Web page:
Pomanders are incredibly satisfying to make and really easy, but a few words of caution – they are heavier than they look, so are not ideal for little ones. Be aware, too, of how large they are – from a small base, the final pomander is rather substantial. They are perfect decoration for chair ends and door handles.
Soak the oasis ball by dropping it into a deep bucket of water. Be patient and do not press down – it will soak fully and properly in seconds!
If you want ribbon to hang beneath the pomander, make a long loop of ribbon with a knot two thirds of the way down and use a U-shaped piece of wire to thread the ribbon through the centre of the ball. Dark colour ribbon works best.
Rest the ball on the jar leaving most of it free to flower. Pop a little tissue in the jar to soak up dripping water as it is made and prevent the ribbon tails from becoming soaked.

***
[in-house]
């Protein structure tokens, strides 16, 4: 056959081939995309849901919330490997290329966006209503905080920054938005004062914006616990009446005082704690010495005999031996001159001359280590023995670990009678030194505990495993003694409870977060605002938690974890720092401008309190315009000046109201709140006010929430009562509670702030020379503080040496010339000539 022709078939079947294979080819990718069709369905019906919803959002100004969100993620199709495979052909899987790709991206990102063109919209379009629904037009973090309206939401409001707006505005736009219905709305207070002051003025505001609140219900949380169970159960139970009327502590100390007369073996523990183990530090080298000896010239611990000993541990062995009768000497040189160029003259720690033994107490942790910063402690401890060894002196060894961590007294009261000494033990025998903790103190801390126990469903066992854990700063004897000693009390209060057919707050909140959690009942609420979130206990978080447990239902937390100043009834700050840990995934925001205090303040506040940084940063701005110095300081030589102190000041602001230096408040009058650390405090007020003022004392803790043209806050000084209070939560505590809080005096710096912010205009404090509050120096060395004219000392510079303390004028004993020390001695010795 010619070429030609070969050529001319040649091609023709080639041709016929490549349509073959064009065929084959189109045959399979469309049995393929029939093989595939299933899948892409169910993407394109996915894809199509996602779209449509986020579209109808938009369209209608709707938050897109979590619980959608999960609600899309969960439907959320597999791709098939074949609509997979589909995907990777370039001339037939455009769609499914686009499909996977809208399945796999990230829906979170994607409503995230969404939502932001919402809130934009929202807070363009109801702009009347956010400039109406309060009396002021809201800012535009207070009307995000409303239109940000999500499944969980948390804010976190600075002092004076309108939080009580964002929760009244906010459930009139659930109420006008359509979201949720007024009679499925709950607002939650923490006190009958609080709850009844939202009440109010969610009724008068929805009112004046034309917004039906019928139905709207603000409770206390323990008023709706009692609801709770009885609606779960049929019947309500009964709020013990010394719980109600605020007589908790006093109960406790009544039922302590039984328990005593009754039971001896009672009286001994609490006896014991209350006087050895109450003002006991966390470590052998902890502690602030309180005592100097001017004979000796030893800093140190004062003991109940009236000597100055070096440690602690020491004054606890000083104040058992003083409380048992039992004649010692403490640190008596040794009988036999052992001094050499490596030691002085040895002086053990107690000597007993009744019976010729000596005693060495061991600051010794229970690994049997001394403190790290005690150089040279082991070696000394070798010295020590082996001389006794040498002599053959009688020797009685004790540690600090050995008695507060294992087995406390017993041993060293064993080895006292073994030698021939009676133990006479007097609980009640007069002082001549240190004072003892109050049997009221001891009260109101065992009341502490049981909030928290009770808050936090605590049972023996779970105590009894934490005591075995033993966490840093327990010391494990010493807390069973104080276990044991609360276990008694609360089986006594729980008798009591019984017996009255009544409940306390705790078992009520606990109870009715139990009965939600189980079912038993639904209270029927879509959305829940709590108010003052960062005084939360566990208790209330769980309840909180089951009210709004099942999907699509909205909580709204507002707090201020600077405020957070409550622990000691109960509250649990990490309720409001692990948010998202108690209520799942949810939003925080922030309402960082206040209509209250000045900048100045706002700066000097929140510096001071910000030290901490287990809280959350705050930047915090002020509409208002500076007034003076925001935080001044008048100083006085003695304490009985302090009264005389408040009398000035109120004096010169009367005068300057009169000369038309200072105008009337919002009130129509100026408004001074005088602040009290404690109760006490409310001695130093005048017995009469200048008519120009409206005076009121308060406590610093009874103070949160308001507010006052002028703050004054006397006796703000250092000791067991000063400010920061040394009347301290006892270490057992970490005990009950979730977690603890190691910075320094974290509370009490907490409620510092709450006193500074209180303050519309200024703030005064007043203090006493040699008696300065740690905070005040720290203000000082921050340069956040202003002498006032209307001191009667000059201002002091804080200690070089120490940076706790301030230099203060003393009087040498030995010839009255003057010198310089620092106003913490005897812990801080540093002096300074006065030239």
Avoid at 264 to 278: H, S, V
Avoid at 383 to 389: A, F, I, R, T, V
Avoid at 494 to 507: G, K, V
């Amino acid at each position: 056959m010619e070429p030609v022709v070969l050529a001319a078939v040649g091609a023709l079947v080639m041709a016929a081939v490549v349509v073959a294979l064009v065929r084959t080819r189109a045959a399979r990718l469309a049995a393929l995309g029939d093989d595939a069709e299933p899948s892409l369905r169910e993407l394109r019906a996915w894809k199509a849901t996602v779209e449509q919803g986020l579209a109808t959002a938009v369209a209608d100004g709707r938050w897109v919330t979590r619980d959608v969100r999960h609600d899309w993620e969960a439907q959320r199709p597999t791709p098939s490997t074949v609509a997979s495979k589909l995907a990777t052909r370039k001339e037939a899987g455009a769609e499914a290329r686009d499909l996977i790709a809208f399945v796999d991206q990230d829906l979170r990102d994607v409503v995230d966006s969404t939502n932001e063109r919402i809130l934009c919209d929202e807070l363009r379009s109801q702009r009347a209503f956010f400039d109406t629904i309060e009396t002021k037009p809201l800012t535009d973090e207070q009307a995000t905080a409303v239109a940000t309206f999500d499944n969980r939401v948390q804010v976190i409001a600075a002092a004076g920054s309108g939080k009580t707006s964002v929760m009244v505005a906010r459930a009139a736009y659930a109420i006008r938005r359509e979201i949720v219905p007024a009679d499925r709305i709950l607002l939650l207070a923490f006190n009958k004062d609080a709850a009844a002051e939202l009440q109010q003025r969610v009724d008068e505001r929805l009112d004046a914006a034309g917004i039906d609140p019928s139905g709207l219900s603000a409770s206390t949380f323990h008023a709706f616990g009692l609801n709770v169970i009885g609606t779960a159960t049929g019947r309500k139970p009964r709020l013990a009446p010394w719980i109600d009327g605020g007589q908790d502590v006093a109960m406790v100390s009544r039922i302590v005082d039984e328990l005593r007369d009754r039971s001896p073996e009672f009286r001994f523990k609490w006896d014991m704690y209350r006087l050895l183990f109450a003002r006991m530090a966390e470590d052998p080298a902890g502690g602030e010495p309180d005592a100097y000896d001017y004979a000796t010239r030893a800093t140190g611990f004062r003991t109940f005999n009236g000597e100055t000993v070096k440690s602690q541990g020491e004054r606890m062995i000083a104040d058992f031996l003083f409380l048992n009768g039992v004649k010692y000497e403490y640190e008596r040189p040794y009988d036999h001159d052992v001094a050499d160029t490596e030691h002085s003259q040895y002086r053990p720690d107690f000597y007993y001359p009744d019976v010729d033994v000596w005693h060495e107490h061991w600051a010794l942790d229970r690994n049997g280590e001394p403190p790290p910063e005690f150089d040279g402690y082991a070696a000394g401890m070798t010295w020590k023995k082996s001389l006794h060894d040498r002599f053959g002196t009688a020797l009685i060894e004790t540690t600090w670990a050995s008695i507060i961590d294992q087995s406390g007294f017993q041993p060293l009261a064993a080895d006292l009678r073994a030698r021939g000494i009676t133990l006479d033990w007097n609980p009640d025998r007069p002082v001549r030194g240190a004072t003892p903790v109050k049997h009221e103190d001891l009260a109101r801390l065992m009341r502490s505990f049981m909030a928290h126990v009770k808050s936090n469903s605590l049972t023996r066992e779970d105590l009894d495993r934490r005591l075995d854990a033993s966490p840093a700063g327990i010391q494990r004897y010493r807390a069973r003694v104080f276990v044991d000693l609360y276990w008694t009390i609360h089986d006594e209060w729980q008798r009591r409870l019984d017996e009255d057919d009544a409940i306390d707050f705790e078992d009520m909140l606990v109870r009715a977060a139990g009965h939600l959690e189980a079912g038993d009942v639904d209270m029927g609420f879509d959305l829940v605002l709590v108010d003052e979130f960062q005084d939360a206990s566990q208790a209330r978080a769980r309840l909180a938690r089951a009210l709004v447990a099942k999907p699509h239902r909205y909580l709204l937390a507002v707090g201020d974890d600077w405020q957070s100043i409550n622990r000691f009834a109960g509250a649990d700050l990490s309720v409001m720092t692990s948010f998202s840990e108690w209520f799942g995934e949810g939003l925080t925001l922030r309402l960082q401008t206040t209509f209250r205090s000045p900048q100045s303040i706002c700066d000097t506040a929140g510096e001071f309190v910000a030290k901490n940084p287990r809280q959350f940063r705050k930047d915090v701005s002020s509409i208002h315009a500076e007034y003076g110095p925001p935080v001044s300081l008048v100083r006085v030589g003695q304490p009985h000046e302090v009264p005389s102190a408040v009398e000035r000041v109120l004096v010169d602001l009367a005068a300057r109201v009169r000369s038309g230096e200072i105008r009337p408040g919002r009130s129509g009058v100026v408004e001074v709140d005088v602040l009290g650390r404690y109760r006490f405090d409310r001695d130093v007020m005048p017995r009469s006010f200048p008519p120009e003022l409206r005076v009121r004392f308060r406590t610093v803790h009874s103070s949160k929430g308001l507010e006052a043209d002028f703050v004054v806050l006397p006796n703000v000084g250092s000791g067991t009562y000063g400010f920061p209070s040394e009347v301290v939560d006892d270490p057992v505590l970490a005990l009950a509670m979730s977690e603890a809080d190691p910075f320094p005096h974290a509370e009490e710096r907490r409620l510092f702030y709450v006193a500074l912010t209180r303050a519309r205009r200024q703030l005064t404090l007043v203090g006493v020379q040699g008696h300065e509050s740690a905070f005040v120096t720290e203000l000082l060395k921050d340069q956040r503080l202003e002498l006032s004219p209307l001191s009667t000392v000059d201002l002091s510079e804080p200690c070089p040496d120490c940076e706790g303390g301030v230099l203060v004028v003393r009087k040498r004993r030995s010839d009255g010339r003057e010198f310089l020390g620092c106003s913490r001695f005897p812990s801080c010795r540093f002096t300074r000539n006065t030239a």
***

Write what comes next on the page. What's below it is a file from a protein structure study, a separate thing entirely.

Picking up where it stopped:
Cut the flowers so they have a stem length of around 6cm. Begin by inserting them into the foam in a line across the ball (giving it the appearance of a Mohican) so you can follow the height and ensure the finished shape is even.
Once the top of the ball is finished, carefully flip it over on to a cushion and fill in the spaces beneath. Make sure the stems don’t go straight through the foam to the other side of the ball and try not to make any mistakes inserting the flowers, as it is hard to get any flowers to stay in place once there are holes.
If using particularly soft-stemmed flowers, or if the pomander is being carried, it’s best to wire the flowers, as this will ensure that none of the flowers are dislodged as the foam starts to dry out or is moved around.
Extracted with permission from Vintage Wedding Flowers by Vic Brotherson, with photography by Catherine Gratwicke. Published by Kyle Books and distributed in New Zealand by New Holland, $60.